I came across this excellent memoir, The Whole Intimate Mess: Motherhood, Politics and Women’s Writing because the author, Holly Walker, sounded familiar. Indeed, it turns out that Holly and I crossed paths briefly at University when we both worked for its student publication, which Holly went on to edit. She then went on to be a Rhodes Scholar and a Greens Member of Parliament. Overachiever much?
What I love most about this concise, well-written book is how candid it is without being oversharing-y. While it must’ve been terrifying for such a public person to lay her struggles bare, Holly navigates the personal and the political with grace, warmth, humour and vulnerability. In a nutshell, she opens up about the perfect storm of events and conditions that led to the brave decision to step down from her parliamentary role: her struggle with becoming a mum while working in parliament, her postpartum depression, her husband’s chronic illness, their rocky marriage, and the anxiety and self-harm that came along with these stressful life events.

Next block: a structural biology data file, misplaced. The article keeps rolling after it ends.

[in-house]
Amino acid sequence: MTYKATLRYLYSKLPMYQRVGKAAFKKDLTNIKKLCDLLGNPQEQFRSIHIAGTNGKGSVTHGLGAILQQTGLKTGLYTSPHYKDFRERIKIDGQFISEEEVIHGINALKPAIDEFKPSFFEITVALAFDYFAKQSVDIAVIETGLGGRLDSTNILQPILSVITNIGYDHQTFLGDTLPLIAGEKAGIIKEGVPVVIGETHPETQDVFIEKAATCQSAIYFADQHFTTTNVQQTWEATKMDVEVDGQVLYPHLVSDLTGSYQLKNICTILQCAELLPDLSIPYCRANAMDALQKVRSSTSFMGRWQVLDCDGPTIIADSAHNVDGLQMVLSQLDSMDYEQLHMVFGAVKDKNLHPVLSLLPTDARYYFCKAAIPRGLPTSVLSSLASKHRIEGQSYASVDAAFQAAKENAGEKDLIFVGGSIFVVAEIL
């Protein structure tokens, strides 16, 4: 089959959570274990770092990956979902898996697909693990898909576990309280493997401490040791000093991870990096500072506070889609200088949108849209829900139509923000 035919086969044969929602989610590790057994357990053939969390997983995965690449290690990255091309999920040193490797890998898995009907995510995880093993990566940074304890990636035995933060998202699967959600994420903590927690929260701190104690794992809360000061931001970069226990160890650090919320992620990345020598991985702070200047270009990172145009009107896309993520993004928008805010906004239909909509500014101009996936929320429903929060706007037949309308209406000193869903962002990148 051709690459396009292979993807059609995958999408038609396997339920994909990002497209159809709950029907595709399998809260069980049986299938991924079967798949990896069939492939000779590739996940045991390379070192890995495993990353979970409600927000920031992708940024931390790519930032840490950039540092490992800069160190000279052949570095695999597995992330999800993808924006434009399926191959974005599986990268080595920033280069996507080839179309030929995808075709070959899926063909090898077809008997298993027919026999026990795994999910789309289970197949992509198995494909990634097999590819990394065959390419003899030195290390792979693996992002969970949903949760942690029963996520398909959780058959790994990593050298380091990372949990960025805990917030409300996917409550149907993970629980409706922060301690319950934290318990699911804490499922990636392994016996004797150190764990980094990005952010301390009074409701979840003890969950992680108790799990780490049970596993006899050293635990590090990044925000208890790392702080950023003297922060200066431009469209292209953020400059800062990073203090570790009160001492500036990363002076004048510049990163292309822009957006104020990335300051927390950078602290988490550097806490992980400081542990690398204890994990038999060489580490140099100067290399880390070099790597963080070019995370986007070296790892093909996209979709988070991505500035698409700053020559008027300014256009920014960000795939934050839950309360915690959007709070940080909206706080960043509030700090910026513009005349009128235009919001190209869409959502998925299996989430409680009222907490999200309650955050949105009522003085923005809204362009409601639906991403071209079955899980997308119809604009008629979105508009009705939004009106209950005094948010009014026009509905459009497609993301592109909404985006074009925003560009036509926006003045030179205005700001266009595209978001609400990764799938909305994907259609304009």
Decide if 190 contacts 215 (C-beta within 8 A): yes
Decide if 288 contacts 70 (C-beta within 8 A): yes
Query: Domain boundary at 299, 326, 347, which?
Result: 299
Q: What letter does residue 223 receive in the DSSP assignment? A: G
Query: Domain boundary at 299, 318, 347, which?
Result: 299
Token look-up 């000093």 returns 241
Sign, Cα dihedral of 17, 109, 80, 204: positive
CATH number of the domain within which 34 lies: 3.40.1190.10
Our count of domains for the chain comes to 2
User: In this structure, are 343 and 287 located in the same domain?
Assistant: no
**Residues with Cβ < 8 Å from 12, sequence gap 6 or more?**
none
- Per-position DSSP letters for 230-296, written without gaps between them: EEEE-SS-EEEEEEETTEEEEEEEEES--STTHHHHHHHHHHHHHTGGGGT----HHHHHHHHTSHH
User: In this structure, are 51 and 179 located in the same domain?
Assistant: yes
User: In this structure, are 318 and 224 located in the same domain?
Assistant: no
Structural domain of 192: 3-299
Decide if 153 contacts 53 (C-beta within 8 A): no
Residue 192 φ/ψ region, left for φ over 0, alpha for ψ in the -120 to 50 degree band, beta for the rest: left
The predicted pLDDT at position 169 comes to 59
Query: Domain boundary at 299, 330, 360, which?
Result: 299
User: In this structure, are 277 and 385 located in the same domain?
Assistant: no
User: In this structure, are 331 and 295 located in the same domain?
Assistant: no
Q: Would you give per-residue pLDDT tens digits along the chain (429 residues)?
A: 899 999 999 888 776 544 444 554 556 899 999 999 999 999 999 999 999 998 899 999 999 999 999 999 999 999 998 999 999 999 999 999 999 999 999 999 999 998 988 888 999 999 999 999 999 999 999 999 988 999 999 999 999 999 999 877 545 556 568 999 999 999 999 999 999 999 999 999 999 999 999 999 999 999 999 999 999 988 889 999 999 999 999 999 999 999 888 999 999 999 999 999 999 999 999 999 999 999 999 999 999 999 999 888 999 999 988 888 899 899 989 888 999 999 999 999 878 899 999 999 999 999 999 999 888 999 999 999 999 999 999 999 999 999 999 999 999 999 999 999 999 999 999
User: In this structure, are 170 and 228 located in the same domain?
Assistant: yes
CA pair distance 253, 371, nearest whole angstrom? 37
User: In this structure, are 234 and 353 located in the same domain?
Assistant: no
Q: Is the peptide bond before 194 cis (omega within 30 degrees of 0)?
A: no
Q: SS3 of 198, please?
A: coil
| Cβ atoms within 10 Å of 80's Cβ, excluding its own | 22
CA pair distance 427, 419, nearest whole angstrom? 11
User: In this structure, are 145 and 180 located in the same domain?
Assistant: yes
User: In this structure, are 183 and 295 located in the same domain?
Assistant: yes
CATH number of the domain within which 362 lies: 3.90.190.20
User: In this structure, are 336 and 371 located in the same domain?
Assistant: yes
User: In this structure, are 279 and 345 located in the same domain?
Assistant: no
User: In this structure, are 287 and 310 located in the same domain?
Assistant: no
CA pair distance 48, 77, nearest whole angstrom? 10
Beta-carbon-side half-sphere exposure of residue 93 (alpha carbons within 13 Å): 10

In her vulnerability, she is down to earth and relatable. Holly also weaves throughout her at-times harrowing story quotes from other female writers from around the world who speak to, and contextualise, her struggles, and it is with the fusing of these excerpts and her writing that bring a universal quality to her work. I certainly identified with elements of her story as a white, NZ/western, working woman.
This memoir is ultimately hopeful – Holly gets help and rebuilds her life in a way that is more workable for her and her family. She acknowledges her privilege and that she has more options than most people. As a fellow lefty, the memoir is littered with examples and anecdotes of how New Zealand is not doing enough for children in poverty and the widening gap between the rich and the poor which is having a detrimental effect. Still, it gives me hope that people like Holly are working on these issues. Thanks Holly for all that you do, for reminding us that the pen is mightier than the sword, and for being such an excellent role model for the women of Aotearoa/New Zealand!